Featherdale Wildlife Park Introduces Children To New Species
One of the biggest draws to Australia is the wildlife. The land down under is an animal lover's paradise, offering endangered species and iconic animals you can't see anywhere else. Of course there is the Koala and the Kangaroo but the Australian outback—especially the Blue Mountains region—offers a glimpse at some rare wildlife even your local zoo can't bring you.
Wombats: Wombats are small, rodent-like creatures native to the mountainous regions of Australia like the Blue Mountains. They are known for their ability to burrow long, underground tunnel systems with their front teeth and powerful claws. Like kangaroos, these marsupials have pouches but theirs are backwards facing so that their young are not covered in dirt as they dig.
Dingos: Famous for more than just eating Lindy Chamberlain's baby, dingos are one of the older species in Australia, thought to have arrived with people from Southeast Asia. Dingos have lived largely away from people as wild dogs, more akin to wolves in their pack mentality. As the continent's largest terrestrial predator, they play an important role in Australia's ecosystem, keeping Blue Mountain small animal populations in check. If you come across one on your Blue Mountains tour, you needn't fear as these creatures steer clear of humans as much as possible.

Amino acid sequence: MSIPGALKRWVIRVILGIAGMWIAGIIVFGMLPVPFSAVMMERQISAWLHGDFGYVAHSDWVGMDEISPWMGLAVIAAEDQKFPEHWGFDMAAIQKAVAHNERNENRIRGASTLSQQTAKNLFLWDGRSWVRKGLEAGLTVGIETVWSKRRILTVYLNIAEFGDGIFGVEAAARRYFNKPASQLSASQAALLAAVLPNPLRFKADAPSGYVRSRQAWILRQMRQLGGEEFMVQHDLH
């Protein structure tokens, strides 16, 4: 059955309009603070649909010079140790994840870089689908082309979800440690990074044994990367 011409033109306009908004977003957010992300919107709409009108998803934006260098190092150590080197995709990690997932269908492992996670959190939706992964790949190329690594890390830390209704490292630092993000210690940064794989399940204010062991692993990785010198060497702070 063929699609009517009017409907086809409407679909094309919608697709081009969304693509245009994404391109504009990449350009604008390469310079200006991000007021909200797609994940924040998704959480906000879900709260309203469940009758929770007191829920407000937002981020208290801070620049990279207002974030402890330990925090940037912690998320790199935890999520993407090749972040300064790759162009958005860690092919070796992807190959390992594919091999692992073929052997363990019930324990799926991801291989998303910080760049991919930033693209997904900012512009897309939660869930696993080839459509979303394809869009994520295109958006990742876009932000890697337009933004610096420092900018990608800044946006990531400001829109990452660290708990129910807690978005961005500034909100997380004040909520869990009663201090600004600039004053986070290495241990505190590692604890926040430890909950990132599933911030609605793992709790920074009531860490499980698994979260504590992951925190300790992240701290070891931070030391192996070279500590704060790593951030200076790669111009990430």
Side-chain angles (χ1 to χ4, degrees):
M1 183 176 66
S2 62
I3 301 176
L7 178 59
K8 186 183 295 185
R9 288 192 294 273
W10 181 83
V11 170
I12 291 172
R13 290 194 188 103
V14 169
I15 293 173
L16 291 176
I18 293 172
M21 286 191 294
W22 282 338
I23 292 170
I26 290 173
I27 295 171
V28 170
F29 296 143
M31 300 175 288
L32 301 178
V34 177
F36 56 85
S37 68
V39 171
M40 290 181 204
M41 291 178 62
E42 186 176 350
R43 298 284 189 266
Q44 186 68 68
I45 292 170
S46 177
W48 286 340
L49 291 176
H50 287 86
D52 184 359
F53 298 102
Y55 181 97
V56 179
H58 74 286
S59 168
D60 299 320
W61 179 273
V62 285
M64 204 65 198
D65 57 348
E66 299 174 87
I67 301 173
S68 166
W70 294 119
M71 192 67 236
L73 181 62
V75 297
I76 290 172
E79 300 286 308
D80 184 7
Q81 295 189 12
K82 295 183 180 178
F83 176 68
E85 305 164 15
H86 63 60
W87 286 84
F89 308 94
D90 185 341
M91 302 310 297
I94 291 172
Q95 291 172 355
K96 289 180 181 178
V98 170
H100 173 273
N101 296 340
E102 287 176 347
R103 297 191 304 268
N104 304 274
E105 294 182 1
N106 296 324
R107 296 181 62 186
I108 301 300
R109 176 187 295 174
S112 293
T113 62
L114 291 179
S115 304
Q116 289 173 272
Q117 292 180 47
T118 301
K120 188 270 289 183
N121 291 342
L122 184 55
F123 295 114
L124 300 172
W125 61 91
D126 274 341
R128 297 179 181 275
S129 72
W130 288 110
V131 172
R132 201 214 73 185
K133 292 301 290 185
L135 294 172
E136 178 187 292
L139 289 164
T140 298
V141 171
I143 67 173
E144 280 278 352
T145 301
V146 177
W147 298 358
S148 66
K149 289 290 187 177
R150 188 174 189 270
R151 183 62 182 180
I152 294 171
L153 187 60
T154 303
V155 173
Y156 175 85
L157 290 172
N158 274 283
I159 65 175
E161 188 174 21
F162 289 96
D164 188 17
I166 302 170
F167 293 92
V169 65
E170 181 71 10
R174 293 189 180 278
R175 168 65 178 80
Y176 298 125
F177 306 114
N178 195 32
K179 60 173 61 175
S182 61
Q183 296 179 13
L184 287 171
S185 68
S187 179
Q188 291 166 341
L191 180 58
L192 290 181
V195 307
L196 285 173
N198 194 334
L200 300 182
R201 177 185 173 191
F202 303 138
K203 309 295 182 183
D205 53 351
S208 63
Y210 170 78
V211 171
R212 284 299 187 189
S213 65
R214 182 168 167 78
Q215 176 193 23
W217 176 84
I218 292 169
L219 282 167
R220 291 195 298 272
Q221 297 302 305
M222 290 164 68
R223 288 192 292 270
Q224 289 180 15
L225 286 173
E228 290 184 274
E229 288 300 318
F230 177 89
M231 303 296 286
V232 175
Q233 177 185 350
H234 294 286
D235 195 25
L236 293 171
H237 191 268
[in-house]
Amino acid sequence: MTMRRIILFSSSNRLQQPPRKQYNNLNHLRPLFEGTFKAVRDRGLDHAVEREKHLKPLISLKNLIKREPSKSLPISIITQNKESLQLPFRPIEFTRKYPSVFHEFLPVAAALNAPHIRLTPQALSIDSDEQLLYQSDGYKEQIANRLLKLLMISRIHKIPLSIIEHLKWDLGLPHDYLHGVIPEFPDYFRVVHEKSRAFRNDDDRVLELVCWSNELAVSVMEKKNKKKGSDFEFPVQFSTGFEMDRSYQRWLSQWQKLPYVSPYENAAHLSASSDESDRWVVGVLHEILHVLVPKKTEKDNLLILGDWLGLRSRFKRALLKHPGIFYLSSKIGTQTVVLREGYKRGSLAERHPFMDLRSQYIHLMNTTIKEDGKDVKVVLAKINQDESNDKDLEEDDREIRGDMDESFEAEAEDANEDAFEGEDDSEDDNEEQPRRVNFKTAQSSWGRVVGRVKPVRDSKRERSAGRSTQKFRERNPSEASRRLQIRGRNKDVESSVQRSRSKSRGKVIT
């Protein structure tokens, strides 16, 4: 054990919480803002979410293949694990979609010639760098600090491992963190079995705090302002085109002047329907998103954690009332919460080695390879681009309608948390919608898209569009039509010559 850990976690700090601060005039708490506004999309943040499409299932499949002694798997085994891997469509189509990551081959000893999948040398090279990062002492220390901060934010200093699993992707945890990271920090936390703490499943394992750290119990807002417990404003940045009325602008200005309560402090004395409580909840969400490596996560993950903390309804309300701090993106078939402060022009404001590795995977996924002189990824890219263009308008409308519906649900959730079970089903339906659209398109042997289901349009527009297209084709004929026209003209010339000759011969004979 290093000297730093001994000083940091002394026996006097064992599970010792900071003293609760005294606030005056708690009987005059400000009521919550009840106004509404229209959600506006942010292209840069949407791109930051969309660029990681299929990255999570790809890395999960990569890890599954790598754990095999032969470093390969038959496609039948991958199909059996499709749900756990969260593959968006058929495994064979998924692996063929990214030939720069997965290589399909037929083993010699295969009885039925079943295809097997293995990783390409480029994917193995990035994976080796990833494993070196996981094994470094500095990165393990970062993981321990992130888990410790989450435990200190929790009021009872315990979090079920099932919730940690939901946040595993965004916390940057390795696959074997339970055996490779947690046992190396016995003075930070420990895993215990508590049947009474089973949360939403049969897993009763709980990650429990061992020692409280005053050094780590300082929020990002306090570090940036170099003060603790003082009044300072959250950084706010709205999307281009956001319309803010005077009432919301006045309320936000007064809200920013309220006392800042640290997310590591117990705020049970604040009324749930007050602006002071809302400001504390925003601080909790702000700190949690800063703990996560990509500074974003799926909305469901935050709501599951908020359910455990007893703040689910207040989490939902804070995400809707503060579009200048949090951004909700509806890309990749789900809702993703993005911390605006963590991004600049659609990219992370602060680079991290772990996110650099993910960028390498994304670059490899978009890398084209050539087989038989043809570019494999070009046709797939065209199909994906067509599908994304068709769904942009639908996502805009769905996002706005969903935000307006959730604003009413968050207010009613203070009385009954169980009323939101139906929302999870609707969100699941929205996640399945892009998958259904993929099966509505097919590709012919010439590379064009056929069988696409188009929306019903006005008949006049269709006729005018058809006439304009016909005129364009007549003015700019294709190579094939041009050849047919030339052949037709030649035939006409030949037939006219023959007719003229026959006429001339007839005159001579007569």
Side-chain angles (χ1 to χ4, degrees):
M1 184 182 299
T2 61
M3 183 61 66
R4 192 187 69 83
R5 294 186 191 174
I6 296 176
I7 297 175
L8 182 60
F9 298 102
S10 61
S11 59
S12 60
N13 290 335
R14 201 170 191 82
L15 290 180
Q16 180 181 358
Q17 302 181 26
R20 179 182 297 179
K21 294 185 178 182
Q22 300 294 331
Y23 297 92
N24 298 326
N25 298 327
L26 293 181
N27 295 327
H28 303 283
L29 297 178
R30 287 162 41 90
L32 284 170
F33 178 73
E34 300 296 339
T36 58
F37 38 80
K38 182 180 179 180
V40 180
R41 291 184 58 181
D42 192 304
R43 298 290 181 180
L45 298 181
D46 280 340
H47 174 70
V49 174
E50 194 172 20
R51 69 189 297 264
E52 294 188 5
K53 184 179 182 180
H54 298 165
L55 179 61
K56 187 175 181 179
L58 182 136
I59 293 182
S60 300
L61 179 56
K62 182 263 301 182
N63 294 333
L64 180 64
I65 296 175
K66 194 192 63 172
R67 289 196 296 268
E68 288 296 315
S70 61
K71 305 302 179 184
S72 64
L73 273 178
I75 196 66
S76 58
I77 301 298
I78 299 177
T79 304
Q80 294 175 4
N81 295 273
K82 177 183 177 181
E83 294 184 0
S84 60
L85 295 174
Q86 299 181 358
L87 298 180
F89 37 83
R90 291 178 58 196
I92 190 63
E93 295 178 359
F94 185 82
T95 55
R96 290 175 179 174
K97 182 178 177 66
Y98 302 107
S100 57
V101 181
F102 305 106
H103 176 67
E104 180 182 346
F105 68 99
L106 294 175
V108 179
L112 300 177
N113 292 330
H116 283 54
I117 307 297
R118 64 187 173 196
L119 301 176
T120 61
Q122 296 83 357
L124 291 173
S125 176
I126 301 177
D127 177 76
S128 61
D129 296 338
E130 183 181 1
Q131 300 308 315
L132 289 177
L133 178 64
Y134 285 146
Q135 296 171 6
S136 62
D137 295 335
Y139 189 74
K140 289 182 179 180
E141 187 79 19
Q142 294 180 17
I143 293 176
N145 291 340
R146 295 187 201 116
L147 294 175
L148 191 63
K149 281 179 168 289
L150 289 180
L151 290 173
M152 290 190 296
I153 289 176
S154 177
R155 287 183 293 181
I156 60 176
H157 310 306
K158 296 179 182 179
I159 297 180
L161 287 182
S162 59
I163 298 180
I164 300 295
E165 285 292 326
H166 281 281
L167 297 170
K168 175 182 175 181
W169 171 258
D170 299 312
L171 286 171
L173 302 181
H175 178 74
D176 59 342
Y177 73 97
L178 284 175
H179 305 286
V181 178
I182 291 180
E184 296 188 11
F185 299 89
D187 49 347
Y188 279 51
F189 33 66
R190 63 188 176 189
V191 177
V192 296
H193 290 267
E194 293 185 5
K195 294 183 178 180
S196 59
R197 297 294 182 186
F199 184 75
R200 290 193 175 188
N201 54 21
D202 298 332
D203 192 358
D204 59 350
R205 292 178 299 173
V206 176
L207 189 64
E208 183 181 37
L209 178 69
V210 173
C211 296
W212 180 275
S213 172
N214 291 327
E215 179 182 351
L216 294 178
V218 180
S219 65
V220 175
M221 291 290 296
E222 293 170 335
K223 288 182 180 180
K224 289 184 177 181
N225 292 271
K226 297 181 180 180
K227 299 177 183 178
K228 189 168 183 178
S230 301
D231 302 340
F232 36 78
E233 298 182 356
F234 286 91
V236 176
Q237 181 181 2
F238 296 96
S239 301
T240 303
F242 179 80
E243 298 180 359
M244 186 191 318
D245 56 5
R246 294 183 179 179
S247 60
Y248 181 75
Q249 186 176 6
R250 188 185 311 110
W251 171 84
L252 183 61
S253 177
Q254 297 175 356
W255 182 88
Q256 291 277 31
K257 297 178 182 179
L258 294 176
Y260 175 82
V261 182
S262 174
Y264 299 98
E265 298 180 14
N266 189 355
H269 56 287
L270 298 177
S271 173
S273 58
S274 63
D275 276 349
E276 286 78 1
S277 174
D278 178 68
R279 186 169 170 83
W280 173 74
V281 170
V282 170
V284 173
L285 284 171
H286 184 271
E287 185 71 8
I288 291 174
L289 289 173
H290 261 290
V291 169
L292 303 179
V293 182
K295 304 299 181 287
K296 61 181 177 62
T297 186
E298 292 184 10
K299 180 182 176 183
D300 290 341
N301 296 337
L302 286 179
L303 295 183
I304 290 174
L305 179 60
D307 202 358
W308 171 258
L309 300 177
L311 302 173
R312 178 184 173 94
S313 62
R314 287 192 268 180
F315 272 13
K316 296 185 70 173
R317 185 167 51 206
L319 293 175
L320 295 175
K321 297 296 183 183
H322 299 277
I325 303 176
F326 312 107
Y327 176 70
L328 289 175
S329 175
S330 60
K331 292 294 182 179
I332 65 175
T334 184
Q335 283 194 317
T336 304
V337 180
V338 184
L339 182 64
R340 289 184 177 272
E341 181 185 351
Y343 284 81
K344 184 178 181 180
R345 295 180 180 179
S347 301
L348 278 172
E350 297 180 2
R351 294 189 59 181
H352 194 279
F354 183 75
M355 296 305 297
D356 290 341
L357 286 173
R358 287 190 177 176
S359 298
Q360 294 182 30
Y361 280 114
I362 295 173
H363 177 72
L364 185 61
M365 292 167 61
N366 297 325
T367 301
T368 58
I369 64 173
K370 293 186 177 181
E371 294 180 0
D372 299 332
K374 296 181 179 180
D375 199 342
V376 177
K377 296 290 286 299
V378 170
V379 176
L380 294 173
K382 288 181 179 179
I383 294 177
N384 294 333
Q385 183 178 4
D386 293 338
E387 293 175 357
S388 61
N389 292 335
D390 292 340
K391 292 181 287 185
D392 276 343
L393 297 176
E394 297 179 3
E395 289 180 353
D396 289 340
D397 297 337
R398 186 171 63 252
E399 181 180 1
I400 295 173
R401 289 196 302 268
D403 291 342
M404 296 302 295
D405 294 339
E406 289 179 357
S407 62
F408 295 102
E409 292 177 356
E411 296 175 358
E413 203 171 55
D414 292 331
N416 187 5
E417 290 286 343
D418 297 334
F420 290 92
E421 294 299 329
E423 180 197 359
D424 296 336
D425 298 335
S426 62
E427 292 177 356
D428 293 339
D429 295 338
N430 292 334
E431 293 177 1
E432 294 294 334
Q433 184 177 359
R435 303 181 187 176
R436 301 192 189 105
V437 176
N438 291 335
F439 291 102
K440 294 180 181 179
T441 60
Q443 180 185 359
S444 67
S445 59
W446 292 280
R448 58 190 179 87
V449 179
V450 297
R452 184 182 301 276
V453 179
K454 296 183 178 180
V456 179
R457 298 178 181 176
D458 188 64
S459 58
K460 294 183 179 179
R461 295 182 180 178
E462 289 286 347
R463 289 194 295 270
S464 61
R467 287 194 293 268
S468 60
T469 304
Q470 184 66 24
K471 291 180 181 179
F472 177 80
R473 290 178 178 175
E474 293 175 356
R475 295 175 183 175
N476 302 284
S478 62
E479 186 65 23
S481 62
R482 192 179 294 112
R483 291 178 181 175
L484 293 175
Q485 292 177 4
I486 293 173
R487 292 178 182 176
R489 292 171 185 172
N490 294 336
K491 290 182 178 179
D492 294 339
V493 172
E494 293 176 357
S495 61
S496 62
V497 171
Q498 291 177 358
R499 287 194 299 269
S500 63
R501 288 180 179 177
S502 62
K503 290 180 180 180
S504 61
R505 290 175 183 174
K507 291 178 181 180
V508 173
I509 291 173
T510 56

Tasmanian Devils: Known most for their cartoon depiction in cartoons as wild, snarling tornados of laughter, Tasmanian Devils are not without their quirks. About the size of a small dog and known to frequent mountainous areas you are likely to see along your Blue Mountains trip, these large marsupials are known for their stocky and muscular build, black fur, pungent odor, extremely loud and disturbing screech, keen sense of smell, and ferocity when feeding. Come to think of it, that cartoon may not be far off.